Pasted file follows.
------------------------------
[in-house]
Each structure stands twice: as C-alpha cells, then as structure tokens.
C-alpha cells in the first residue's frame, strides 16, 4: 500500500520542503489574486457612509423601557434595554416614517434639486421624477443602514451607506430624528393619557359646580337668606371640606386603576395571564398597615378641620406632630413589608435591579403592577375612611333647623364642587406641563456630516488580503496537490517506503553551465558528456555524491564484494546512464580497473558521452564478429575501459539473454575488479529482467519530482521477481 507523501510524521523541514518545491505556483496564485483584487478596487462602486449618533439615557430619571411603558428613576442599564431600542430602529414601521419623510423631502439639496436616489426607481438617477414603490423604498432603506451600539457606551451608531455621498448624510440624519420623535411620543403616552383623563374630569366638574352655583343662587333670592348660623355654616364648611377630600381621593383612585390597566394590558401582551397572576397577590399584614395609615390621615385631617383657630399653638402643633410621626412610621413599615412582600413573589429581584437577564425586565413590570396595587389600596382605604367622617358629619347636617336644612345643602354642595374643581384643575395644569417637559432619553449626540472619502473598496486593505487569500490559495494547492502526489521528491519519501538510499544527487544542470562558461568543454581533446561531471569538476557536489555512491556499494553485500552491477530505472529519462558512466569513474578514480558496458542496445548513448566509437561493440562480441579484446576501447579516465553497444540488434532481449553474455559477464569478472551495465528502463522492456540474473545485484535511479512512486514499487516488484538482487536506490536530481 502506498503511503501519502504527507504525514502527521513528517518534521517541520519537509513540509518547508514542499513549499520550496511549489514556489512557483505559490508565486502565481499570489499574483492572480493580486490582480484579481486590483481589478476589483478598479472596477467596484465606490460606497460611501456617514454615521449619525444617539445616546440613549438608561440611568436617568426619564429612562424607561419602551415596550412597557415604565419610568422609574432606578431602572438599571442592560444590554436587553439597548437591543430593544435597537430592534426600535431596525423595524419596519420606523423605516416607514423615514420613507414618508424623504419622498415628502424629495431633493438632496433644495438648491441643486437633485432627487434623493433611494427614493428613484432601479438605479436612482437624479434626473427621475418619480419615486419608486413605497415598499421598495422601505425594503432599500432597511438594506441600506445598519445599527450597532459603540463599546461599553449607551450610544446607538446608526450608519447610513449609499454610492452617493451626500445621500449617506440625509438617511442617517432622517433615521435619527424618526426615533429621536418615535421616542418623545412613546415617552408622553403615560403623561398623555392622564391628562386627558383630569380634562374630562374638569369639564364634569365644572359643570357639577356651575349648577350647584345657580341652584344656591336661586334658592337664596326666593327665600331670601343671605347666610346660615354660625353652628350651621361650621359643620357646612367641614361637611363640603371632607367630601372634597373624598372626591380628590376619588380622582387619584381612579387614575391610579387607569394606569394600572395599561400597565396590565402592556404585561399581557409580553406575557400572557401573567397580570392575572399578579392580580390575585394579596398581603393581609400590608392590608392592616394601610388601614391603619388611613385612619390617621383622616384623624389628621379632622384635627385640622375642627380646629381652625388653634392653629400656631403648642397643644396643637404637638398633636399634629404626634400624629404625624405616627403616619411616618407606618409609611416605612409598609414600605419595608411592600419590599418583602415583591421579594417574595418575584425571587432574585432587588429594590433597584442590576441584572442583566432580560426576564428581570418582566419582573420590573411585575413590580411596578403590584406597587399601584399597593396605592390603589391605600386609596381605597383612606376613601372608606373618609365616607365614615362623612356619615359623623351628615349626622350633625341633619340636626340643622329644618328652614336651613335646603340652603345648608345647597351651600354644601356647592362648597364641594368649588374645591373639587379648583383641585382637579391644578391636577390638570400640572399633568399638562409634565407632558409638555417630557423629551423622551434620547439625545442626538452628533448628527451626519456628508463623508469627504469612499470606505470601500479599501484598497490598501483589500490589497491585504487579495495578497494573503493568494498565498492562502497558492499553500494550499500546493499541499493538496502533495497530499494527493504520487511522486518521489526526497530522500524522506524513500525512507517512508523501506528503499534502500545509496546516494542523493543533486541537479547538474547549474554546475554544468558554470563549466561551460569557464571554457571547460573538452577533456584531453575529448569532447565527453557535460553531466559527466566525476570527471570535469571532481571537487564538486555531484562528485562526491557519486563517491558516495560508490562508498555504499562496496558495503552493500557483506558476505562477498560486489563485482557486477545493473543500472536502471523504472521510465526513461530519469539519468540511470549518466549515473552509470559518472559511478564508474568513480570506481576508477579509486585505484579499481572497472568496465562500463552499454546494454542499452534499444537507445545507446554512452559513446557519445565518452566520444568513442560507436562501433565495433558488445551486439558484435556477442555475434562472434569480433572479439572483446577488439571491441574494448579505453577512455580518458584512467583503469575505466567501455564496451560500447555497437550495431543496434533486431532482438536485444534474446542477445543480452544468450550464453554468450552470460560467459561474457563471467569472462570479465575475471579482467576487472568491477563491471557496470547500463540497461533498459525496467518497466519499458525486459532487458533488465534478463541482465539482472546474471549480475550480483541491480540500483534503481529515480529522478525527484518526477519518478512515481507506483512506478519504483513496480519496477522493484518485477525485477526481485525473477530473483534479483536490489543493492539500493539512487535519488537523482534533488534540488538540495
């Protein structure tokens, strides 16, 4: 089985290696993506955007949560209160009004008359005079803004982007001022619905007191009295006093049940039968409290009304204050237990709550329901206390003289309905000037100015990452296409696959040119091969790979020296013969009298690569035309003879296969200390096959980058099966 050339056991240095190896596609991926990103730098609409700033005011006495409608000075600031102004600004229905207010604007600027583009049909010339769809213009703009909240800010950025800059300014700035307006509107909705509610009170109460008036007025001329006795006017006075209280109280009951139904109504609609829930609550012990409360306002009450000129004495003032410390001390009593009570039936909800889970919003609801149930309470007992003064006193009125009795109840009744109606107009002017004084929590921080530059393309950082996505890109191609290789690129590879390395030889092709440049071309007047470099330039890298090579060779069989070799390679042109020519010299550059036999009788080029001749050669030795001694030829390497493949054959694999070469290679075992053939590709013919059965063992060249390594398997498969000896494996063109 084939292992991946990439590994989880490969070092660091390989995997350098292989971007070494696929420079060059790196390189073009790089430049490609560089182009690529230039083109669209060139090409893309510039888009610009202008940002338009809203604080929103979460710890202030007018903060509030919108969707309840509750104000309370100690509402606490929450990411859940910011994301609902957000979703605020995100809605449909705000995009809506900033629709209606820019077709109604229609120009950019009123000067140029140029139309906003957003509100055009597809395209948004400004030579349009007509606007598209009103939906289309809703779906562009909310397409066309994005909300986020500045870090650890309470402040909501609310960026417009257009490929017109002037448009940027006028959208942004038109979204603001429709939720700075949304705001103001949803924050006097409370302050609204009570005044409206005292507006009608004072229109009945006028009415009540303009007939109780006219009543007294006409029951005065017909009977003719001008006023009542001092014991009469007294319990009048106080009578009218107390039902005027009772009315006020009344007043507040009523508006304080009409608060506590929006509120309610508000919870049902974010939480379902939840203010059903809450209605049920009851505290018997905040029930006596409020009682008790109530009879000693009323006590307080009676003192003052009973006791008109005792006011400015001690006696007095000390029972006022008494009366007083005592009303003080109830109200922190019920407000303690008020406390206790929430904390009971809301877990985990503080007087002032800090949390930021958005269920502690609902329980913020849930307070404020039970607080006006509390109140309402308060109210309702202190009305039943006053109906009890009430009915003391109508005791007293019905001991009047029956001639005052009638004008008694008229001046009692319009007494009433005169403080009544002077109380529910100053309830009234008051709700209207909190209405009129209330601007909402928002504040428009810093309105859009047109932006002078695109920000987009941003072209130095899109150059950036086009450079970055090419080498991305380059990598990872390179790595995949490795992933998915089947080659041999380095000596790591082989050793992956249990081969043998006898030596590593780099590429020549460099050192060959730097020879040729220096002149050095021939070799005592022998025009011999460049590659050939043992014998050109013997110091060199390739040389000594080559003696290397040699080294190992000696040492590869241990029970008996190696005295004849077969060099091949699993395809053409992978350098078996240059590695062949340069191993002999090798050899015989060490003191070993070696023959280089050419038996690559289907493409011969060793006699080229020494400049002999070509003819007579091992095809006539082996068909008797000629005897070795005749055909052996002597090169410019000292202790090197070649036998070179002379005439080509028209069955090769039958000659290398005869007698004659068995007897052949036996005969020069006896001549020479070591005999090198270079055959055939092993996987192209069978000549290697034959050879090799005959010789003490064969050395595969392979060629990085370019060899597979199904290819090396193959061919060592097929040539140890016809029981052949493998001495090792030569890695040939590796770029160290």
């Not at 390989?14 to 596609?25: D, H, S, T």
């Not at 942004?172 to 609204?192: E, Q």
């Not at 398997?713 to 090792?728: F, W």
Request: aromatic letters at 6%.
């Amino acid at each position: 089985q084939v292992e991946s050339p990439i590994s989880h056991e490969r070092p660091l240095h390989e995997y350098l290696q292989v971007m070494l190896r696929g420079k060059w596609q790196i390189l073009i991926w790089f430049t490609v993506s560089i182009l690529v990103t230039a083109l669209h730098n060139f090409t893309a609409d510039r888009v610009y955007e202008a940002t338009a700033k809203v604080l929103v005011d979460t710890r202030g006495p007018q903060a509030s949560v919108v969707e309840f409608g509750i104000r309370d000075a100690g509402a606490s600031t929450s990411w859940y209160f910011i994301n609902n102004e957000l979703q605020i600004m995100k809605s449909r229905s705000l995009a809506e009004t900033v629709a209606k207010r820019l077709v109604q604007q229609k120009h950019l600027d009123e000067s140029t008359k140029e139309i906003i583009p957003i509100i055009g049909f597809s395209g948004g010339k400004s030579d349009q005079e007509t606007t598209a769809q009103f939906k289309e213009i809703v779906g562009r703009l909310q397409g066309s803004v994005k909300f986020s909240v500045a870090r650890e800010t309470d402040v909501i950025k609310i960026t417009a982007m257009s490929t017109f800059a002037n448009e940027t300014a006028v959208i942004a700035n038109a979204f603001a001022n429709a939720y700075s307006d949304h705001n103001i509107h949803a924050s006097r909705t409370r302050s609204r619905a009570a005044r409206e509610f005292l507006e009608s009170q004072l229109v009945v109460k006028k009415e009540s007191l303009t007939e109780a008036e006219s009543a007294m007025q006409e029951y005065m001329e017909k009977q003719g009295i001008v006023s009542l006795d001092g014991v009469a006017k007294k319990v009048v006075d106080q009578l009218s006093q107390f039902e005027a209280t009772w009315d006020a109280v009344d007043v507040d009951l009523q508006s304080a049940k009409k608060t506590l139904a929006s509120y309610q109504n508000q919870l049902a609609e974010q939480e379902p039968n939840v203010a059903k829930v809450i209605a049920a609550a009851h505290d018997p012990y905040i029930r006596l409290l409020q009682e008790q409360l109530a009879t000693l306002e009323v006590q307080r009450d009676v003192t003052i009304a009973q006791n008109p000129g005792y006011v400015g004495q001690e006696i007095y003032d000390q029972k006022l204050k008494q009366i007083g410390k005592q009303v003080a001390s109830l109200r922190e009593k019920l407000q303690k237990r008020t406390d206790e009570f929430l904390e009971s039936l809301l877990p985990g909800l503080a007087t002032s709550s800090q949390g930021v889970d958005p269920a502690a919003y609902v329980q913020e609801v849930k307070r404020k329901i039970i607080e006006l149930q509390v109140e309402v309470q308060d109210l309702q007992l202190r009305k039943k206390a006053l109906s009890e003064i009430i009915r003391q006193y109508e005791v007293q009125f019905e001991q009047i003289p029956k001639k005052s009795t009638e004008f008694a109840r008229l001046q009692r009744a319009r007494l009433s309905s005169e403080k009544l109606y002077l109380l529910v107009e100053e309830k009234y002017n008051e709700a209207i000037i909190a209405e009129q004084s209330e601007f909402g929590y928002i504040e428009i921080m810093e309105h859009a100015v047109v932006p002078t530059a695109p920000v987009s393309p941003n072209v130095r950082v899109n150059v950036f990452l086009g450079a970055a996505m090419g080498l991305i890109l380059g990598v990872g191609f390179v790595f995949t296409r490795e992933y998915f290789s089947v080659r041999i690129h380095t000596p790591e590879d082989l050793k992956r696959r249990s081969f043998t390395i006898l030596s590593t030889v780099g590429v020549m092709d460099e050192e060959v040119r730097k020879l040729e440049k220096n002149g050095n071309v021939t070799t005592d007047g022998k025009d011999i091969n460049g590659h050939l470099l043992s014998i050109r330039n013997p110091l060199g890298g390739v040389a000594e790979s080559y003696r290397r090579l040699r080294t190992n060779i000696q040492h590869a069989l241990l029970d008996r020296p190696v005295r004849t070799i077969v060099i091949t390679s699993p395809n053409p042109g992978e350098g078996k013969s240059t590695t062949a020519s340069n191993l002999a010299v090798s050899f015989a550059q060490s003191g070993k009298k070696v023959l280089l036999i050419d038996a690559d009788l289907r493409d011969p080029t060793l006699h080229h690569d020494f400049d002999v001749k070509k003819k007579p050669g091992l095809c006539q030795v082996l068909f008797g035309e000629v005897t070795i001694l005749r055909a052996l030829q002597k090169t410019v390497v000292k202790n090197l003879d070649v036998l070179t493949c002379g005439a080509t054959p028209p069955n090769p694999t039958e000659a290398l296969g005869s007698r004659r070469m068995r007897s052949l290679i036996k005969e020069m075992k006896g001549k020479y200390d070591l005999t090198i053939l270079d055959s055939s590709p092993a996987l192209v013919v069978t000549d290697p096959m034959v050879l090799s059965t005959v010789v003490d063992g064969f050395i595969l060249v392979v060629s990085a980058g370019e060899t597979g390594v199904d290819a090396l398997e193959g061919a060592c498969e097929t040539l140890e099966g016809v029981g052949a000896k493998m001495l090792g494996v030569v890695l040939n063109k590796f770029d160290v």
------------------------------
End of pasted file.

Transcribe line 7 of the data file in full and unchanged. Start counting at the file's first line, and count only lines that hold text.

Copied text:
């Not at 398997?713 to 090792?728: F, W």